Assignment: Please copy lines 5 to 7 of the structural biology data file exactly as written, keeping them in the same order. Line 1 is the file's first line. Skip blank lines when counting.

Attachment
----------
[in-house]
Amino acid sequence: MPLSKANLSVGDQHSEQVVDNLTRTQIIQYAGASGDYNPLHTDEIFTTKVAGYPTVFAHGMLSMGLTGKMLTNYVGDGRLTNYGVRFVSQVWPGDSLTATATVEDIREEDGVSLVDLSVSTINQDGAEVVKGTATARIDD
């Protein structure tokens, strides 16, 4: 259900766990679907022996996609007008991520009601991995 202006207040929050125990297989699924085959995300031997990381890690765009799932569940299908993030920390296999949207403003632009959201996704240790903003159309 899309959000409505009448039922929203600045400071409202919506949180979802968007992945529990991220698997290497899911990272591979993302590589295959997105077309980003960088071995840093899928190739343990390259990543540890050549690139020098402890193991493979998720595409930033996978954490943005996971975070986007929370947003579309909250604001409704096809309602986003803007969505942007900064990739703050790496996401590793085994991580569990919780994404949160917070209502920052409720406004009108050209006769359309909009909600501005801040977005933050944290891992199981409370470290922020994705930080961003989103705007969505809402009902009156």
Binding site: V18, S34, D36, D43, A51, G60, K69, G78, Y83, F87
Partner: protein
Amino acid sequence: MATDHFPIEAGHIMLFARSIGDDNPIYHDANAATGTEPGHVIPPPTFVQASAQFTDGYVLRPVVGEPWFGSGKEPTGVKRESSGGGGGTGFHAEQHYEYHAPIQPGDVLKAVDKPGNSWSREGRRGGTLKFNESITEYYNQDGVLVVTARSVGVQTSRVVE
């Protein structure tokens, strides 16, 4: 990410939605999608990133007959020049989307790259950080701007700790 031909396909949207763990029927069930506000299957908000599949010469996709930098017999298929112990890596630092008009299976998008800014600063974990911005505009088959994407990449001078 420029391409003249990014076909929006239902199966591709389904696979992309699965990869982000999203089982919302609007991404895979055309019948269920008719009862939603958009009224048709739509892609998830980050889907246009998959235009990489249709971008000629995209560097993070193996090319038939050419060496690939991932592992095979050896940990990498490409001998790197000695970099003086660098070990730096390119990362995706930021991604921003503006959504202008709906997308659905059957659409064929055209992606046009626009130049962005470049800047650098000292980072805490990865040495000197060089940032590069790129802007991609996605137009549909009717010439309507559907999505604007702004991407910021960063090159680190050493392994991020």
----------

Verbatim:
Partner: protein
Amino acid sequence: MATDHFPIEAGHIMLFARSIGDDNPIYHDANAATGTEPGHVIPPPTFVQASAQFTDGYVLRPVVGEPWFGSGKEPTGVKRESSGGGGGTGFHAEQHYEYHAPIQPGDVLKAVDKPGNSWSREGRRGGTLKFNESITEYYNQDGVLVVTARSVGVQTSRVVE
């Protein structure tokens, strides 16, 4: 990410939605999608990133007959020049989307790259950080701007700790 031909396909949207763990029927069930506000299957908000599949010469996709930098017999298929112990890596630092008009299976998008800014600063974990911005505009088959994407990449001078 420029391409003249990014076909929006239902199966591709389904696979992309699965990869982000999203089982919302609007991404895979055309019948269920008719009862939603958009009224048709739509892609998830980050889907246009998959235009990489249709971008000629995209560097993070193996090319038939050419060496690939991932592992095979050896940990990498490409001998790197000695970099003086660098070990730096390119990362995706930021991604921003503006959504202008709906997308659905059957659409064929055209992606046009626009130049962005470049800047650098000292980072805490990865040495000197060089940032590069790129802007991609996605137009549909009717010439309507559907999505604007702004991407910021960063090159680190050493392994991020």